Two East Bay school districts that could be in trouble if they don't quickly bridge their budget gaps are now under the close watch of county-appointed fiscal advisers. Those advisers will have the power to veto expenditures proposed in Hayward Unified, a 22,000-student district in Alameda County, and John Swett Unified, a 1,700-student district in the Contra Costa city of Rodeo.

But the main purpose of the advisers, county officials say, is to help district business officials and school board members keep their districts afloat in the face of ongoing budget reductions from the state and declining enrollment.

"These are not districts that are bankrupt," said Peggy Marshburn, a spokeswoman for the Contra Costa County Office of Education.

In December, school boards from nearly half of the districts in the East Bay reported they might not be able to pay their bills within the next two or three years unless they made additional cuts. The Knightsen Elementary School District in Contra Costa County asked for a fiscal adviser to help make the necessary reductions; this week, Knightsen's board decided to close Old River Elementary, one of its two schools, to save money.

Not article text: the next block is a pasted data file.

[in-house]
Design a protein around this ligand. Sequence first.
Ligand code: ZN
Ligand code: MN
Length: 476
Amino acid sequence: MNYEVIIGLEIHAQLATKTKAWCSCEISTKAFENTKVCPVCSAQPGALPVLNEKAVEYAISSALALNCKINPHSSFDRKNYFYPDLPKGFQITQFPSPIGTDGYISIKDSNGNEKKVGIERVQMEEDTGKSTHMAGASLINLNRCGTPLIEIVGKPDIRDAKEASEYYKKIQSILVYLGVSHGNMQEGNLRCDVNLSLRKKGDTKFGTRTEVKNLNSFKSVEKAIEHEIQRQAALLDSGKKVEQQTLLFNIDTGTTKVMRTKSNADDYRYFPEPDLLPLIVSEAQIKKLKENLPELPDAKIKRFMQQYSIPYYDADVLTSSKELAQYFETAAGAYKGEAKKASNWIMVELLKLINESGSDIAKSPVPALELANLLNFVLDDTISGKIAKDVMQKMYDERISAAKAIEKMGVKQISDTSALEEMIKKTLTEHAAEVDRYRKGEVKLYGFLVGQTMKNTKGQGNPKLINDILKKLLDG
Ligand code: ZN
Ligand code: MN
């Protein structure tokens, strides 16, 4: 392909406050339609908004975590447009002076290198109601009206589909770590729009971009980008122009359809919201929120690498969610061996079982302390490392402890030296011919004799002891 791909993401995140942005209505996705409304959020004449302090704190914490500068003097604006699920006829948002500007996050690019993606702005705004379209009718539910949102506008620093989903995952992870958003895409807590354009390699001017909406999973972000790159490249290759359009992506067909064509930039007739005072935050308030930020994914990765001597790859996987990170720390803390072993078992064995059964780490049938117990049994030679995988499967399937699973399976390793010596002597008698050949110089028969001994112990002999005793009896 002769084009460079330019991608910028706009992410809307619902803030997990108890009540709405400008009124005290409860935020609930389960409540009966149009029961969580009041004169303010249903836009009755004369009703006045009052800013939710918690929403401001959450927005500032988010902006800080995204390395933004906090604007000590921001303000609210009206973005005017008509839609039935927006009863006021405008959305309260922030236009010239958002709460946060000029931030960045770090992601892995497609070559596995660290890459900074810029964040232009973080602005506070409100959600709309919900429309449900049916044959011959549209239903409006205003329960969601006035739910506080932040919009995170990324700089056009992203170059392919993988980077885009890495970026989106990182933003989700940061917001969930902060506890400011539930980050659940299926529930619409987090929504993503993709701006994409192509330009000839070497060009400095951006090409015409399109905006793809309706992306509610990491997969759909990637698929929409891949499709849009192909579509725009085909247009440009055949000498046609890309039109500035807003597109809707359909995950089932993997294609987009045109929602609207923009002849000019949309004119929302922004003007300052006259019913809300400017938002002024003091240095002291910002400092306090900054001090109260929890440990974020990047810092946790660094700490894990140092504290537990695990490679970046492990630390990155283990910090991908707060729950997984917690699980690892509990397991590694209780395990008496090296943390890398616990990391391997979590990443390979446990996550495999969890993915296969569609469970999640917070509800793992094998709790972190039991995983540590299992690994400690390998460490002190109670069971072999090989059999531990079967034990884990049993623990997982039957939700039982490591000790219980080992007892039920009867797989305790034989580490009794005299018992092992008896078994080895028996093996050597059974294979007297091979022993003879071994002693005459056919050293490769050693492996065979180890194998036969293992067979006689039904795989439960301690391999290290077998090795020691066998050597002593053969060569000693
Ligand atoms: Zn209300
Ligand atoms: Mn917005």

The Hayward school board, which must cut $18 million from its $180 million general fund, worked with county-appointed advisers from 2003 to 2006 after discovering a budget shortfall. In 2006, as the board regained its fiscal freedom, its trustees vowed to keep the district in the black. That was before the state budget crisis began.


"I welcome the adviser but don't know where the heck we're going to cut $18 million," trustee Sarah Gonzales said. "Even reducing teacher work days by 10 days a year would not do it. It's an impossible task that we have before us. I can't sit here with a straight face and say we're not going to put the screws to the kids of Hayward."

Staff writers Theresa Harrington and Eric Kurhi contributed to this story. Read Katy Murphy's Oakland schools blog at Follow her at